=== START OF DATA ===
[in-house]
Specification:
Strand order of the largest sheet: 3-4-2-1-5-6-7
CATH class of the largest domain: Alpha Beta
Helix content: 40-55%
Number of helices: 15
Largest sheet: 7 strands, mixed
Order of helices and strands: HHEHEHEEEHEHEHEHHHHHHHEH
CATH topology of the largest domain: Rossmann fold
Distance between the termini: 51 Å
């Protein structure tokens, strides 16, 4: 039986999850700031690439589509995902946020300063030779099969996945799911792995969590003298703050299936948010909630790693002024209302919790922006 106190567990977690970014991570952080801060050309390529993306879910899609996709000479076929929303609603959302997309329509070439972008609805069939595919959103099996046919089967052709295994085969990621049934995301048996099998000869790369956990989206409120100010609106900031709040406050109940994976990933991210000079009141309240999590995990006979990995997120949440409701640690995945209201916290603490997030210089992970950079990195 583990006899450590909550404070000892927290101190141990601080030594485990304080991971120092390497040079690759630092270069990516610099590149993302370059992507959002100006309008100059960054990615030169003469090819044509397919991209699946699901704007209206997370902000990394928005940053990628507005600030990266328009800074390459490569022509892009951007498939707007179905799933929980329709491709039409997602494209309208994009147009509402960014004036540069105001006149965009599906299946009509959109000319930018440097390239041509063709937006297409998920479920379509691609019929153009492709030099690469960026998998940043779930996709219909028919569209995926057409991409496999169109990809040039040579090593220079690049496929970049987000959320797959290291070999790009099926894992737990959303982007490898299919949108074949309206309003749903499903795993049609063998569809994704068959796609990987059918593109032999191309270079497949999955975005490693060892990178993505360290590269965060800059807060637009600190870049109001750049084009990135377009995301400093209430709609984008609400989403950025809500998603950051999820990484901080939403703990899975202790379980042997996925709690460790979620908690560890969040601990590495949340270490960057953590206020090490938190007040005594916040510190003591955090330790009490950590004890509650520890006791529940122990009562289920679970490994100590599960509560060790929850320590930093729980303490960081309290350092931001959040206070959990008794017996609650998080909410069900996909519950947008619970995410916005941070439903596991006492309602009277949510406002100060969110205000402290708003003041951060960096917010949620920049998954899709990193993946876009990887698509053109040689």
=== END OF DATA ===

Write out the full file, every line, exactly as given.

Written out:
[in-house]
Specification:
Strand order of the largest sheet: 3-4-2-1-5-6-7
CATH class of the largest domain: Alpha Beta
Helix content: 40-55%
Number of helices: 15
Largest sheet: 7 strands, mixed
Order of helices and strands: HHEHEHEEEHEHEHEHHHHHHHEH
CATH topology of the largest domain: Rossmann fold
Distance between the termini: 51 Å
């Protein structure tokens, strides 16, 4: 039986999850700031690439589509995902946020300063030779099969996945799911792995969590003298703050299936948010909630790693002024209302919790922006 106190567990977690970014991570952080801060050309390529993306879910899609996709000479076929929303609603959302997309329509070439972008609805069939595919959103099996046919089967052709295994085969990621049934995301048996099998000869790369956990989206409120100010609106900031709040406050109940994976990933991210000079009141309240999590995990006979990995997120949440409701640690995945209201916290603490997030210089992970950079990195 583990006899450590909550404070000892927290101190141990601080030594485990304080991971120092390497040079690759630092270069990516610099590149993302370059992507959002100006309008100059960054990615030169003469090819044509397919991209699946699901704007209206997370902000990394928005940053990628507005600030990266328009800074390459490569022509892009951007498939707007179905799933929980329709491709039409997602494209309208994009147009509402960014004036540069105001006149965009599906299946009509959109000319930018440097390239041509063709937006297409998920479920379509691609019929153009492709030099690469960026998998940043779930996709219909028919569209995926057409991409496999169109990809040039040579090593220079690049496929970049987000959320797959290291070999790009099926894992737990959303982007490898299919949108074949309206309003749903499903795993049609063998569809994704068959796609990987059918593109032999191309270079497949999955975005490693060892990178993505360290590269965060800059807060637009600190870049109001750049084009990135377009995301400093209430709609984008609400989403950025809500998603950051999820990484901080939403703990899975202790379980042997996925709690460790979620908690560890969040601990590495949340270490960057953590206020090490938190007040005594916040510190003591955090330790009490950590004890509650520890006791529940122990009562289920679970490994100590599960509560060790929850320590930093729980303490960081309290350092931001959040206070959990008794017996609650998080909410069900996909519950947008619970995410916005941070439903596991006492309602009277949510406002100060969110205000402290708003003041951060960096917010949620920049998954899709990193993946876009990887698509053109040689």